The screenshot is included because otherwise the tweet will show a preview of the “spacer” site, and even the most inattentive user will notice the deception.

A video demonstrating the redirect mechanism used by Doppelgänger can be found below.

As with other disinformation campaigns, 1efay0[.]cfd was again used as a “spacer” website. Redirects to clones of Western media outlets Der Spiegel and Fox News — the counterfeit websites being spiegel[.]ltd and fox-news[.]in — were previously made through the “spacer.” Meta has included these websites on the list of fake media used by the Doppelgänger network (source for Der Spiegel, source for Fox News), which points to the same organization being behind the most recent disinfo, as per Bot Blocker.

Who is behind Doppelgänger?

According to a 2022 report by Facebook parent company Meta Platforms, such spam attacks have been carried out by the Russian IT companies National Technologies and Social Design Agency (Агентство Социального Проектирования), both of which which fall under EU sanctions. The ultimate owner of National Technologies is Rostec — Russia’s state-owned defense conglomerate, which is headed by former KGB agent Sergey Chemezov, a close friend of Vladimir Putin.

The bots also promoted the EuroBRICS website, which has proven links to the GRU's Special Service Center (Military Unit 54777). In July 2023, the European Union imposed sanctions against those involved in the disinformation campaign. The group of offenders included the aforementioned National Technologies and Social Design Agency, as well as several officers of the GRU’s Unit 54777.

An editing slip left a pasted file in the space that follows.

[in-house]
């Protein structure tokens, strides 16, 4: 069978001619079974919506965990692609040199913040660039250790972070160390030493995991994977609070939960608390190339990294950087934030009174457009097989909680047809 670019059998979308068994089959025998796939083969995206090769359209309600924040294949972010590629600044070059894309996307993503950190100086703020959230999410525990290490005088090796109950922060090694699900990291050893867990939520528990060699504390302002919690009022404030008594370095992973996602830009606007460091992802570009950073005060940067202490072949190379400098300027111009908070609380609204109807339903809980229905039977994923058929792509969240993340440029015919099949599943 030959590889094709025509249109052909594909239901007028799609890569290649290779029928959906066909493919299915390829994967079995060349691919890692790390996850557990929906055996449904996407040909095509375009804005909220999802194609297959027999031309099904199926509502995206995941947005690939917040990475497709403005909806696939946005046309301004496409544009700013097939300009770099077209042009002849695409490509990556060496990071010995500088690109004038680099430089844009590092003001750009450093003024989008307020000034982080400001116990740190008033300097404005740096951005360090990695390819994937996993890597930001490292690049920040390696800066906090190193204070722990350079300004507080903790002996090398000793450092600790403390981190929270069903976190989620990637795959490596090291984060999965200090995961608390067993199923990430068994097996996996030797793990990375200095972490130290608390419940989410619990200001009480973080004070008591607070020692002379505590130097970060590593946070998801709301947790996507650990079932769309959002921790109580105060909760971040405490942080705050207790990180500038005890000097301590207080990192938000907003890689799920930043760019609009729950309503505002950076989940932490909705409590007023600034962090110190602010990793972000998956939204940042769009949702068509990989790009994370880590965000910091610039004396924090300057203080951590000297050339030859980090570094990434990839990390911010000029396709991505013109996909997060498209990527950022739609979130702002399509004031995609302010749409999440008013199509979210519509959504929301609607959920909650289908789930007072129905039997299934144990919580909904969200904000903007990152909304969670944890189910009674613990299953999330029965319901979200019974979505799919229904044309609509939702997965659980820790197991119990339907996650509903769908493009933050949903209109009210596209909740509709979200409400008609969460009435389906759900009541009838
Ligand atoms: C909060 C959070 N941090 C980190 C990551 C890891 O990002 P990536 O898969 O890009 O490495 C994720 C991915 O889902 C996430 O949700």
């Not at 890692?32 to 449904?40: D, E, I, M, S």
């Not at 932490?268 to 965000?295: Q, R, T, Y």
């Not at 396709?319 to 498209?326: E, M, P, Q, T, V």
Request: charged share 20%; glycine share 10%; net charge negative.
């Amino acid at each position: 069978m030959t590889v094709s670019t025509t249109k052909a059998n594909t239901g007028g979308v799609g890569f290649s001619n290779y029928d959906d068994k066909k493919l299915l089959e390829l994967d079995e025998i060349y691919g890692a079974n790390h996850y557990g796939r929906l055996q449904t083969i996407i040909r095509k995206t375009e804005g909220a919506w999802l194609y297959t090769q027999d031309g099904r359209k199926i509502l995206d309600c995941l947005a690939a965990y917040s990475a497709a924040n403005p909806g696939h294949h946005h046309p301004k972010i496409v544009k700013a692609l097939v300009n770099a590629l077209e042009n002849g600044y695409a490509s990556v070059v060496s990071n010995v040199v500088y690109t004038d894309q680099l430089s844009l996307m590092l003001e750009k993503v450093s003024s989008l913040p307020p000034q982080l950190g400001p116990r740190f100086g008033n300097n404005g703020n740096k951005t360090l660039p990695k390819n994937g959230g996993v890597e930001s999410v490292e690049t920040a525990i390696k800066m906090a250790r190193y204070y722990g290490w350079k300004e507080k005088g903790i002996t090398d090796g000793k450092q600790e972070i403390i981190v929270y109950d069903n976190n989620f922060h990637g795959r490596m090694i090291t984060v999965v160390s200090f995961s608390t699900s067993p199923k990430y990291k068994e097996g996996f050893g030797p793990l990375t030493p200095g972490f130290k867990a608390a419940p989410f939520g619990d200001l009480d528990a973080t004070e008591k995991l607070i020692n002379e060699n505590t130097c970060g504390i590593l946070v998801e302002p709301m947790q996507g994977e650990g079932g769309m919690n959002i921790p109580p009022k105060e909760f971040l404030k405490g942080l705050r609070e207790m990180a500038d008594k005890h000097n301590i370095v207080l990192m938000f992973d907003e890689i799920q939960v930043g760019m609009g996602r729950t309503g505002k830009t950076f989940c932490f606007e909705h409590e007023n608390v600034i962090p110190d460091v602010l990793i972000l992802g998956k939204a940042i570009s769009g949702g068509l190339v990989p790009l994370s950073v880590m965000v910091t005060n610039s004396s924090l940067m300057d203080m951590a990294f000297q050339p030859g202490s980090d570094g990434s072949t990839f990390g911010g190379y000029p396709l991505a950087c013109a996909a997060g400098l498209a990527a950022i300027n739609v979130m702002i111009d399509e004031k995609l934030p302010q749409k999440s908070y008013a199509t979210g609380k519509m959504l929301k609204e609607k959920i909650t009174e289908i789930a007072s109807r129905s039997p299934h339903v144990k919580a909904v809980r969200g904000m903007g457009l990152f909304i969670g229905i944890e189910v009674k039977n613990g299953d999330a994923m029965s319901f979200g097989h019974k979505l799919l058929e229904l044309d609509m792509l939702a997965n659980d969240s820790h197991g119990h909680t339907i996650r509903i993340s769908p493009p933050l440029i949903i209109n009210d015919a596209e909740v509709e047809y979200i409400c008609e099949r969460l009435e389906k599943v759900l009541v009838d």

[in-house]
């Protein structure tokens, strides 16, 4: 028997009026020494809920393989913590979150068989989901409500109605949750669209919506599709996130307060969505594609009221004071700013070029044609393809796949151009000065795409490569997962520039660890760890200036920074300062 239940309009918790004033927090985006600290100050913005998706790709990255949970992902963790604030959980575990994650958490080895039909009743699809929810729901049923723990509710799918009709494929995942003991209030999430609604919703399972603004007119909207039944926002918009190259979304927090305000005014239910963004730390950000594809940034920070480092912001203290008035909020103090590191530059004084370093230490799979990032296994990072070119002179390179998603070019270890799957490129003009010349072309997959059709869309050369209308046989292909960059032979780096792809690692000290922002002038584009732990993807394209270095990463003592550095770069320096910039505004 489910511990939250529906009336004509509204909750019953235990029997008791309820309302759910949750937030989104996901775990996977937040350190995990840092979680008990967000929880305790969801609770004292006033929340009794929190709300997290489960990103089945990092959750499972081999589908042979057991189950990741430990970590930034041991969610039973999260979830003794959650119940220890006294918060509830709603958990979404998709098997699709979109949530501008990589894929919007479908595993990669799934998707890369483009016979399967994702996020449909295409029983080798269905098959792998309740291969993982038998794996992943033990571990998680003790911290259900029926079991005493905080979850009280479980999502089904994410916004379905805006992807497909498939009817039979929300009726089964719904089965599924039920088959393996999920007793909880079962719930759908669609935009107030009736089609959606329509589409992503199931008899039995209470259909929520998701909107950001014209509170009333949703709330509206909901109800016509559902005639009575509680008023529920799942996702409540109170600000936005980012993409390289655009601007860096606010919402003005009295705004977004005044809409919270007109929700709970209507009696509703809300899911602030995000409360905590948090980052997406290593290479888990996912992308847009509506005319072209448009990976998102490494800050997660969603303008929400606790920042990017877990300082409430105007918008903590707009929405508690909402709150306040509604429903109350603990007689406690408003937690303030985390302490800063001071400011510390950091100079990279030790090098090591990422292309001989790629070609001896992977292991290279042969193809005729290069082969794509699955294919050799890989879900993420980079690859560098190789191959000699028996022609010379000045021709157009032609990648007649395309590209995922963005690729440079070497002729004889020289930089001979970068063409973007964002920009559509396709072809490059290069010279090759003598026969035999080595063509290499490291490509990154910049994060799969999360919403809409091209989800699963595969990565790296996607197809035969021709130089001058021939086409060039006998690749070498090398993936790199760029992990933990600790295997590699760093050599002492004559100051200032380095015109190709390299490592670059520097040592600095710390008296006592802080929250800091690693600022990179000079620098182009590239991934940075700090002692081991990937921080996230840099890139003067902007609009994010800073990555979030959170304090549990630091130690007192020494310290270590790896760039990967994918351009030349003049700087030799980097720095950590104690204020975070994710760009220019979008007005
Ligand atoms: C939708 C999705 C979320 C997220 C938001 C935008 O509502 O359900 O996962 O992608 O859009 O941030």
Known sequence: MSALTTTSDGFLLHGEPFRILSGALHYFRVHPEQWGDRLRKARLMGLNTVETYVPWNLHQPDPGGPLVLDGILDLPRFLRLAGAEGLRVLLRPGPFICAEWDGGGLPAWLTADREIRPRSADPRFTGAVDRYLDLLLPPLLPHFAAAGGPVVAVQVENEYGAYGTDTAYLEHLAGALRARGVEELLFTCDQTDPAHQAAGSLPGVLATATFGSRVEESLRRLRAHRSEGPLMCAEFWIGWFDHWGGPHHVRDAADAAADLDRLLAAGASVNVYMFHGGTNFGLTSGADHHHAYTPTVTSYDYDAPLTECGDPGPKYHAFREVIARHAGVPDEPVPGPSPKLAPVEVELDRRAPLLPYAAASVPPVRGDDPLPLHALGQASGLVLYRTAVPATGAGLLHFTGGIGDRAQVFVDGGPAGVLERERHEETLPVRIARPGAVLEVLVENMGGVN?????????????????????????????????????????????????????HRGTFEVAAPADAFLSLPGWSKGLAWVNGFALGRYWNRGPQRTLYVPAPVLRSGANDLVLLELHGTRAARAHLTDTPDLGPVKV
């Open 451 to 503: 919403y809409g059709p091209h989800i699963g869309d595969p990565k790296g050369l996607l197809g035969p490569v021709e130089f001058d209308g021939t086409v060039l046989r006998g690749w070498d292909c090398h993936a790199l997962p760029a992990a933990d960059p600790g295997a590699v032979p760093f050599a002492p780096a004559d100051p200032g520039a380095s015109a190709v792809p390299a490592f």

What has the Doppelgänger network spread previously?

Doppelgänger operates on a permanent basis, with fixed hours of operation and two days off per week, notes the Bot Blocker project. The majority of its work is carried out in “moderate” mode, as in the Havana Syndrome case, but it sometimes bursts with frantic activity, as in the case of a disinfo campaign regarding the Mar. 22 terrorist attack on Crocus City Hall outside of Moscow.

Following that attack, the network started circulating pseudo-journalistic articles purporting to detail those responsible for the terrorist attack. These pieces “informed” readers that the U.S., the UK’s Secret Intelligence Service (MI-6), Ukraine, and the so-called “collective West” at large were to blame — not ISIS or its regional branch, ISIS-K (Islamic State Khorasan Province), which publicly claimed responsibility for killing 145 Russian concertgoers.

Another notable campaign occurred in November 2023, when the bots circulated photos of buildings in France adorned with Stars of David — symbols painted on Jewish homes as a warning of potential pogroms. Citing data from the Bot Blocker project, The Insider demonstrated that the same accounts were responsible for circulating pro-Russian publications, indicating the involvement of an identical bot network in the distribution of these photos.

In addition to its anti-Ukrainian posts, the network has also spread other anti-Semitic content. Masquerading under the guise of expressing “deep concern,” hundreds of bots shared a video allegedly from the Turkish nationalist group Grey Wolves (Bozkurtlar). In the video, terrorists threatened to replicate an attack on Jews at the 2024 Olympics in Paris — one reminiscent of the massacre at the 1972 Munich Olympics, in which 17 people, including 11 members of the Israeli national team, were killed.

After Vladimir Putin’s “re-election” on March 18, Doppelgänger launched an information campaign that was likely intended to create an aura of legitimacy around the Russian presidential election. A report by the independent publication Agentstvo (lit “The Agency”) citing Bot Blocker detailed the information campaign. Written in English, French, German, and Ukrainian, the tweets involved three theories about the election. The first was that Russia had held a competitive process, and that the overwhelming majority of Russians actually support Vladimir Putin in line with Russia’s purported long democratic tradition. The other two were related to Ukraine: the first claimed that the Ukrainian authorities had made a mistake by canceling their own elections, and the second argued that Ukraine should not “cancel” everything Russian — including Russian culture.